Once I finally accepted that my Tank Man costume wasn't physically possible, I gave up on that idea and reset my imagination with a blank slate.
My best costumes have had these two properties:
1) Some character or essence that people already love
2) Use some unexpected engineering
Inspired by oversized costumes I've been seeing lately, I decided to try a tornado costume. The engineering feat would be to get it to spin around like a top, with me inside.
Adding a motor into a costume has never been my strong point. I have had some experience with small motors, tying the motions of a display to the tiny rotating shaft of an electric motor. But I wasn't confident that a battery-powered motor was the right choice.
Almost a year before the costume needed to be finished, I was dying to know if it could be done. Could I build a costume which spins?
In November, my plumbing got clogged.
Sitting near an open sewer pipe, feeding a 50' plumbing snake into the ground, I realized I could easily transfer the twisting power from my own hand to the spinning axle above my head. I'd use an auger.
Building the Harness
I began with my usual Pvc pipe shoulder harness. For this one I built a wooden template, so my pipe bends would be even.
I heat pvc pipe with a heat gun until it becomes soft, then I bend it around a radius. When it cools, the bend stays in the pipe. This had to be a sturdy support for my tornado, so I overbuilt it a bit, ensuring that the pipes fit snugly around my body.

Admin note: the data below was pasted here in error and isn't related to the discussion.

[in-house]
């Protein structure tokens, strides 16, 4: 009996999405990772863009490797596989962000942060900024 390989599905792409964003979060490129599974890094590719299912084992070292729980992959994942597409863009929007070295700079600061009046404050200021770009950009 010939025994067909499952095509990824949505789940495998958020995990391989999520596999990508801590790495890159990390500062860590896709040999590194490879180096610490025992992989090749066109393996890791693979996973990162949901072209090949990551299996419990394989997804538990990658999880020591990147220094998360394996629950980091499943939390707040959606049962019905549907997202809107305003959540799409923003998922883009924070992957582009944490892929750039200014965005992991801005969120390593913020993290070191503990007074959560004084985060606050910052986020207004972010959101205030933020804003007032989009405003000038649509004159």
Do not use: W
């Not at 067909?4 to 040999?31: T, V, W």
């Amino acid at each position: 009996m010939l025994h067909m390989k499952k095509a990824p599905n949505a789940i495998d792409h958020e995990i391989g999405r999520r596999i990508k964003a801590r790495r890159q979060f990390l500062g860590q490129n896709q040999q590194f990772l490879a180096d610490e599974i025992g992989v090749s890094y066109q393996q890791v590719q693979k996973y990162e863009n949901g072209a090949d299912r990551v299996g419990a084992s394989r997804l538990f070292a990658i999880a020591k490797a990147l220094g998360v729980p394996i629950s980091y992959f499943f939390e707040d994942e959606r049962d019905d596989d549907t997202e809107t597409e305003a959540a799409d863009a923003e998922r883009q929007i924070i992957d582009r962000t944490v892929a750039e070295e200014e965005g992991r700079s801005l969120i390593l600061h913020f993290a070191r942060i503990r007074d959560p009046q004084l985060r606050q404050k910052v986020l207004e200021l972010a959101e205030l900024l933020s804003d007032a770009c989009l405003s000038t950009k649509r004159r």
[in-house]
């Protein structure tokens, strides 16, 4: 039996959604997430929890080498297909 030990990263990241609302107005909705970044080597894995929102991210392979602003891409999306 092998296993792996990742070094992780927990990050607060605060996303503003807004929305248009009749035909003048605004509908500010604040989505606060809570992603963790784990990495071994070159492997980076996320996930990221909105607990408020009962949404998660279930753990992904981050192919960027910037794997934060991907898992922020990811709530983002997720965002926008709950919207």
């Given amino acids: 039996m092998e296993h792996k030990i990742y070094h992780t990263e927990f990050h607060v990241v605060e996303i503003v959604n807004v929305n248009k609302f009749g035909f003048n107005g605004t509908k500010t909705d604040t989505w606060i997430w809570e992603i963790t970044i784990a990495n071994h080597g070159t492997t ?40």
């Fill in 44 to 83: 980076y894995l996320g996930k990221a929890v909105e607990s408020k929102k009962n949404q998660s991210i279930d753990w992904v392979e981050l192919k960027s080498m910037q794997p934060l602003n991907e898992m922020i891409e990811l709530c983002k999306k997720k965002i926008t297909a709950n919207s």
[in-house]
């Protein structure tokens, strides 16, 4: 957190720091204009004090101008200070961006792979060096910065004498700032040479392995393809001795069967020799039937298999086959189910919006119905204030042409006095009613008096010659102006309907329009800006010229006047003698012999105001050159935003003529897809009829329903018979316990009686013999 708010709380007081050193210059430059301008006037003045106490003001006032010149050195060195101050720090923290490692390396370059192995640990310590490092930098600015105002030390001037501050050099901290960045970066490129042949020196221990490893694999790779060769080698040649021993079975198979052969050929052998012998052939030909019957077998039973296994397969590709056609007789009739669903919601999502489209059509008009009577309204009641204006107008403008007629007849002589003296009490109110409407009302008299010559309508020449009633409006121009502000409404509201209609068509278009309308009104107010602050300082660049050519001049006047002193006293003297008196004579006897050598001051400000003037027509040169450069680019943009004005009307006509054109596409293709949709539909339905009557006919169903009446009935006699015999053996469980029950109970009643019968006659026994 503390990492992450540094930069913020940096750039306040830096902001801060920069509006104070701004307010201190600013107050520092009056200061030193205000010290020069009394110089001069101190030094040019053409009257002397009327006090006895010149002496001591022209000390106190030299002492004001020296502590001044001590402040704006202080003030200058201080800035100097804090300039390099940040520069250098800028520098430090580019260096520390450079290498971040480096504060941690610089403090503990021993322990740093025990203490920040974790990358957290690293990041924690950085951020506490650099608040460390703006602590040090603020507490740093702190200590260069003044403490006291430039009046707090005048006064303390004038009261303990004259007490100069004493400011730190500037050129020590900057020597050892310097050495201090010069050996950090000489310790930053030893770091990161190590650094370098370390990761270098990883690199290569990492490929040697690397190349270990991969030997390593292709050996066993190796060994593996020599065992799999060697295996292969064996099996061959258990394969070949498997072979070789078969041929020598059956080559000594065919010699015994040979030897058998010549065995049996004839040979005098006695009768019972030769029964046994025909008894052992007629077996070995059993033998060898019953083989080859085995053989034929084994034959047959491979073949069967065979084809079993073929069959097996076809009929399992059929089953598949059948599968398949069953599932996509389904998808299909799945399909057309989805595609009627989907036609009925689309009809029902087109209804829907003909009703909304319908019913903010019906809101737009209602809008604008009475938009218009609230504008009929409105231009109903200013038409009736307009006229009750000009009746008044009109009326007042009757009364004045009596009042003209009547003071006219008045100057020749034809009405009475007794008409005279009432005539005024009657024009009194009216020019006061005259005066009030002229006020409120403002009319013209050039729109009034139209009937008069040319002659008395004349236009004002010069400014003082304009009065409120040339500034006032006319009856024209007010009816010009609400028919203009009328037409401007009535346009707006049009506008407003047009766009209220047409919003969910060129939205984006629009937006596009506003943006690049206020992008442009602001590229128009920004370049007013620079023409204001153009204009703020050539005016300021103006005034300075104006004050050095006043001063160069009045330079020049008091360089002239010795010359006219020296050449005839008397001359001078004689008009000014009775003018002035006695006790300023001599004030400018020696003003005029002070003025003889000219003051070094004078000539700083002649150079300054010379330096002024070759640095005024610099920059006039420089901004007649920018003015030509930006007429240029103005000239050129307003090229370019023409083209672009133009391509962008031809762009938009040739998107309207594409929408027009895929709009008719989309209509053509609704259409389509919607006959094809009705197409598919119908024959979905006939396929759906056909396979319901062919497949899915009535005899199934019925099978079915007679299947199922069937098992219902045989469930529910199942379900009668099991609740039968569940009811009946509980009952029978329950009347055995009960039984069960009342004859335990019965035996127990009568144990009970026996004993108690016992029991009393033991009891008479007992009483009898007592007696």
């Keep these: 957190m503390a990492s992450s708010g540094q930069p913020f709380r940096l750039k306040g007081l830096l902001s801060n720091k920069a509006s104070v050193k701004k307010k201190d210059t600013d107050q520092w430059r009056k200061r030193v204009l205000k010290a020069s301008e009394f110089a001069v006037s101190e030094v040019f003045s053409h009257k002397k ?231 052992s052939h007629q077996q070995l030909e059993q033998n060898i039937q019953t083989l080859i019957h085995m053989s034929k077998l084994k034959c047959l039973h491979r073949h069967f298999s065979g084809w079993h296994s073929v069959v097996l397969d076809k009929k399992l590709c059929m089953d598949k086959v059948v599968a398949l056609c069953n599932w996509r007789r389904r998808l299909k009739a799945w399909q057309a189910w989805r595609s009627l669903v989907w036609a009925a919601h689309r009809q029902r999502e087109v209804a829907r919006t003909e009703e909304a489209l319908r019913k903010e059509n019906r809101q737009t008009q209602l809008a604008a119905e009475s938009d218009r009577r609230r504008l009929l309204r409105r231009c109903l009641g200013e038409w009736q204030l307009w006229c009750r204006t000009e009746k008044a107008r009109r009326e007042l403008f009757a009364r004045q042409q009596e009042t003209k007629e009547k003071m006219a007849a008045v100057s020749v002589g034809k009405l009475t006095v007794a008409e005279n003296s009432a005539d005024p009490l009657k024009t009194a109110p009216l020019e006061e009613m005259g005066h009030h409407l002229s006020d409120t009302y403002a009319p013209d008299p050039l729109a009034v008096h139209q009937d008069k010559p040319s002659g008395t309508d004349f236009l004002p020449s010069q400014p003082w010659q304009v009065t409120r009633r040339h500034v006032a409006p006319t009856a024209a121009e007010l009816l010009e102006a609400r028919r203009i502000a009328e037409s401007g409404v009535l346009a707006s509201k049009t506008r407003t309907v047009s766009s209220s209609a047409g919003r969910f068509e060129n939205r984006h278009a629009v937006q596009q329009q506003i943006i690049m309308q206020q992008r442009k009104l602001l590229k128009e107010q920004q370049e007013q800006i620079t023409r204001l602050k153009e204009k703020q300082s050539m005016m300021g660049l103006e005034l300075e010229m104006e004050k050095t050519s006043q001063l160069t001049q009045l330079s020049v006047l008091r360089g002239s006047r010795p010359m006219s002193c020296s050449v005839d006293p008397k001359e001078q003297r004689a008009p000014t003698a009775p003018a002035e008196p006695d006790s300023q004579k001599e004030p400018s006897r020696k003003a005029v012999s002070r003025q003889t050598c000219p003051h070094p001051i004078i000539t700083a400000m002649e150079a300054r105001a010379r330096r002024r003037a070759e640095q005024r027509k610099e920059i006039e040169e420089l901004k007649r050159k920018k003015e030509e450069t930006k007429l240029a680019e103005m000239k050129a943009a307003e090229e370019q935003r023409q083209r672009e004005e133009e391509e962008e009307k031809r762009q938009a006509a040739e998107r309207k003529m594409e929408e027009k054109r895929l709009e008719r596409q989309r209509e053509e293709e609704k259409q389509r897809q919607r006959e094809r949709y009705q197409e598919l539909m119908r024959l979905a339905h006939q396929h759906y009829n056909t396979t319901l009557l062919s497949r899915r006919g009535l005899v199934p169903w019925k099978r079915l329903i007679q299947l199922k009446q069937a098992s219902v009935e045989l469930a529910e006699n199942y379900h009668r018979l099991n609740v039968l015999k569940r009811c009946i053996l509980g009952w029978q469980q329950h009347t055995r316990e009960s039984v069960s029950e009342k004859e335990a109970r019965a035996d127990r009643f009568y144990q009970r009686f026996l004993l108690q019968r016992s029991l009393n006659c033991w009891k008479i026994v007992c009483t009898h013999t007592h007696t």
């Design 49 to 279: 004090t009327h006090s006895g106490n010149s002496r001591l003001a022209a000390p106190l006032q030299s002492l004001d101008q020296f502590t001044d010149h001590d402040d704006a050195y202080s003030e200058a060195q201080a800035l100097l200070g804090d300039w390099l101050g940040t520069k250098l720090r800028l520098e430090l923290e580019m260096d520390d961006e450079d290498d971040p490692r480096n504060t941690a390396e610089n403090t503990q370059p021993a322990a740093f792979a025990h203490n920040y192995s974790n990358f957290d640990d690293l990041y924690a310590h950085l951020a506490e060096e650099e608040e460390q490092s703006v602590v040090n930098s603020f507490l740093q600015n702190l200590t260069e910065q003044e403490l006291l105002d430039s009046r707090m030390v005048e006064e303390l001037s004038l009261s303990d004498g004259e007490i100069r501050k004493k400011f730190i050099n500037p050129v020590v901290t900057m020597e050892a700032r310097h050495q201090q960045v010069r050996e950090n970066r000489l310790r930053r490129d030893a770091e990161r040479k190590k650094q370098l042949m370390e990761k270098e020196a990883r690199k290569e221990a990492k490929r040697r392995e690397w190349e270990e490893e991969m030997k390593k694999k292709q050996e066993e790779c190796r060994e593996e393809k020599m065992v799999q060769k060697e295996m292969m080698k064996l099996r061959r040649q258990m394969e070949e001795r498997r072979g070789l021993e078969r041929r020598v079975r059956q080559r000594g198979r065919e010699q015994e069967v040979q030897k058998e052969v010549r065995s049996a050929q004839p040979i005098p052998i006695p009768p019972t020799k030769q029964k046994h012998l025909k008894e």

The goal of this harness was to support an open ring (a collar) directly above my head. This is where a bearing of some kind would allow the tornado support to spin around above me, like the blades of a helicopter.
I used a $8 toilet auger, turned upside down. It seemed to be the exact right size to power my spinning contraption.
My harness had four tubes extending upwards, nearly meeting above my head. In that spot I added a 2" collar, which would hold a shaft in place. The shaft was another piece of pvc, ending in a four-way cross at the top.
At this stage there was no bearing, the turning part would just rub along the top of the harness collar.
I attached the auger with duct tape for a test spin. It worked! All I needed now was a ring around the top and a conic curtain of fabric to hang down from it. I didn't actually know how to make a cone of fabric, so I dissected a party hat to see how it was made.
Using the height and radius of the top and bottom rings, calculated the circumfrence of the rings, then using the desired height, projected where the imaginary apex of his cone would fall. Then I laid out three wide strips of gardening fabric and taped them together with black duct tape. The shape I needed could be described as a fat arc.
I tied a string to a stick and stuck one end of the stick into the ground on the edge of my field of fabric. This point was my imaginary apex. Now all I had to do was to draw two curved lines on the fabric, one with a four-foot string and one with a nine-foot string, defining the top and bottom of my tornado storm cloud.
My rough sketch had a storm cone with an eight-foot diameter at the top.
page 1 |
page 2 |
page 3 |
page 4 |
page 5 |
page 6 |
I wanted the costume to be gigantic, but not SO gigantic that I had to rent a truck to get it to the contest. I also needed to be able to squeeze through regular 36" wide doors.